Now showing 1 - 4 of 4
  • Publication
    The Economics of Advance Pricing Agreements
    (University College Dublin. School of Economics, 2014-11) ; ;
    Advance pricing agreements (APAs) determine transfer prices for intra-firm transactions in advance. This paper interprets these contracts as a means to overcome a hold-up problem that occurs because governments cannot commit to non-excessive future tax rates. In addition, with private information, just as in practice, our APAs will be complex and require lengthy negotiations. Never- theless, implemented APAs lead to a Pareto improvement even when all agents are risk neutral. However, not all efficient APAs are concluded in equilibrium. International agreements to avoid double taxation will likely reduce the number of realized APAs.
  • Publication
    A Negotiation-Based Model of Tax-Induced Transfer Pricing
    (University College Dublin. School of Economics, 2014-07) ;
    We present a new model of tax induced transfer pricing as an alternative to the oft-used concealment model. Inspired by interviews with practitioners, we consider a large multinational firm which is audited by the tax authority in the high-tax location. When this country adjusts the transfer prices proposed by the firm, the low-tax location may dispute this decision and initiate negotiations. Since negotiations are costly, the high-tax location sets a transfer price that prevents the low-tax location from entering negotiations. We compare this model's predictions to those of the concealment model. The negotiation model replicates the predictions on the tax rate effects on transfer pricing, while adding new predictions. Profit shifting is expected to fall in the high-tax country's bargaining power and to rise in firm profits and domestic firm ownership in both countries. Most importantly, profit shifting occurs even if tax enforcement is perfect. We analyze the effects of an introduction of a common consolidated corporate tax base with formula apportionment and conclude that the negotiation model may change the perspective on such a policy. Specifically, strong countries with large bargaining power may find this reform unappealing.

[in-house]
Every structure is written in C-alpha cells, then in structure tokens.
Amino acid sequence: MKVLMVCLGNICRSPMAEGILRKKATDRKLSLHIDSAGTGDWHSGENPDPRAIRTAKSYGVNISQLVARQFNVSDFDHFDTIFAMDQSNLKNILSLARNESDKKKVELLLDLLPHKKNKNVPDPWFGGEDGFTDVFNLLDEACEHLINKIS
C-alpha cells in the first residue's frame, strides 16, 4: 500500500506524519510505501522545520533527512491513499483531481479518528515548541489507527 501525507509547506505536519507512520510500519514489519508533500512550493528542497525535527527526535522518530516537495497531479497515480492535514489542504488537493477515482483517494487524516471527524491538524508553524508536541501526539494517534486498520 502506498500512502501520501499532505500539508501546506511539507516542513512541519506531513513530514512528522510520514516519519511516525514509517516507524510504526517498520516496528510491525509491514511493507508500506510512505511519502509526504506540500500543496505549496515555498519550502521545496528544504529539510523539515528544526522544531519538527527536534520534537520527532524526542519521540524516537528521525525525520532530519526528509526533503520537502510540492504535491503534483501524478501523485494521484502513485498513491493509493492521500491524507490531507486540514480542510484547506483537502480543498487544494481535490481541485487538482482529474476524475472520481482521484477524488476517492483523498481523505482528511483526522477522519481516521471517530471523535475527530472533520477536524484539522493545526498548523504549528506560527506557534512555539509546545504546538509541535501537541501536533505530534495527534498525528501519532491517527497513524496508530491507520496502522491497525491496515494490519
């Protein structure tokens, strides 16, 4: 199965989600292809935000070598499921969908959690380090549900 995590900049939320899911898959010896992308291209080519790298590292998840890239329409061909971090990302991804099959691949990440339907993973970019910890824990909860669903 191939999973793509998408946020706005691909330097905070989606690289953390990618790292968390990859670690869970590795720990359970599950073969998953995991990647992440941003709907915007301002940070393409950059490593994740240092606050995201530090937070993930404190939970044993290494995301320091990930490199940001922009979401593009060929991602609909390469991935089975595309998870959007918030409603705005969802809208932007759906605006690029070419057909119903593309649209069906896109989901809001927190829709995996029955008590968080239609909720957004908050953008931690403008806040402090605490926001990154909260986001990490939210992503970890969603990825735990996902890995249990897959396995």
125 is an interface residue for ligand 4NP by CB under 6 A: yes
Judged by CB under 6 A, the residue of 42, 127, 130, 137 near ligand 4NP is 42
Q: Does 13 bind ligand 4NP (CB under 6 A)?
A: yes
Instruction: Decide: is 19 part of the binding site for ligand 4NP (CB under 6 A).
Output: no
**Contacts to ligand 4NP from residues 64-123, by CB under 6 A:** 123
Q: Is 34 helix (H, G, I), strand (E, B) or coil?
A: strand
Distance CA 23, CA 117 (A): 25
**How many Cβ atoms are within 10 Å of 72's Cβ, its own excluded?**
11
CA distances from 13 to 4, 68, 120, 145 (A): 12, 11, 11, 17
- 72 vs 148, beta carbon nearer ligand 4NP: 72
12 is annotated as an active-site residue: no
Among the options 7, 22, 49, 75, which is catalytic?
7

• Publication
    Negotiated Transfer Prices
    (University College Dublin. School of Economics, 2015-11) ;
    The predominant model of tax induced transfer pricing is based on the assumption that profit shifting is due to insufficient enforcement. However, evidence shows that the firms responsible for most profit shifting are also among the most frequently audited. We present an alternative model based on negotiations that avoid costly, yet uncertain, formal proceedings (e.g. court procedures). This model predicts that profit shifting increases in the tax gap even though enforcement is perfect. Further, it suggests that current efforts to streamline international tax law may have the unintended effect of increasing profit shifting.
  • Publication
    Learning to Tax ?- Interjurisdictional Tax Competition under Incomplete Information
    (University College Dublin. School of Economics, 2015-09-22) ;
    We present a multi-period model in which countries set source-based taxes without having precise information how their and their neighbours' tax rates affect the tax base. Countries can learn from past experience and from observing their neighbours' outcomes and/or tax policy choices. We consider the sequence of Markov perfect equilibria and show that the beliefs become more precise over time and, eventually, correct. The precision of beliefs in a given period increases in the number of observed countries. In equilibrium, tax rates are inefficiently low if the value of learning is positive and the pace of learning increases in the level of tax rates (because higher tax rates trigger larger tax base effects which helps learning); in the presence of fiscal externalities, tax rates are too homogeneous (because variance in tax policies enhances learning). If, due to fiscal externalities, the value of learning is negative, the opposite may be true. From the viewpoint of empirical measurement, the model generates time patterns that look as if countries react to each other even if there are no fiscal externalities. We conclude that the existing evidence may therefore be inconclusive with regard to the existence of tax competition.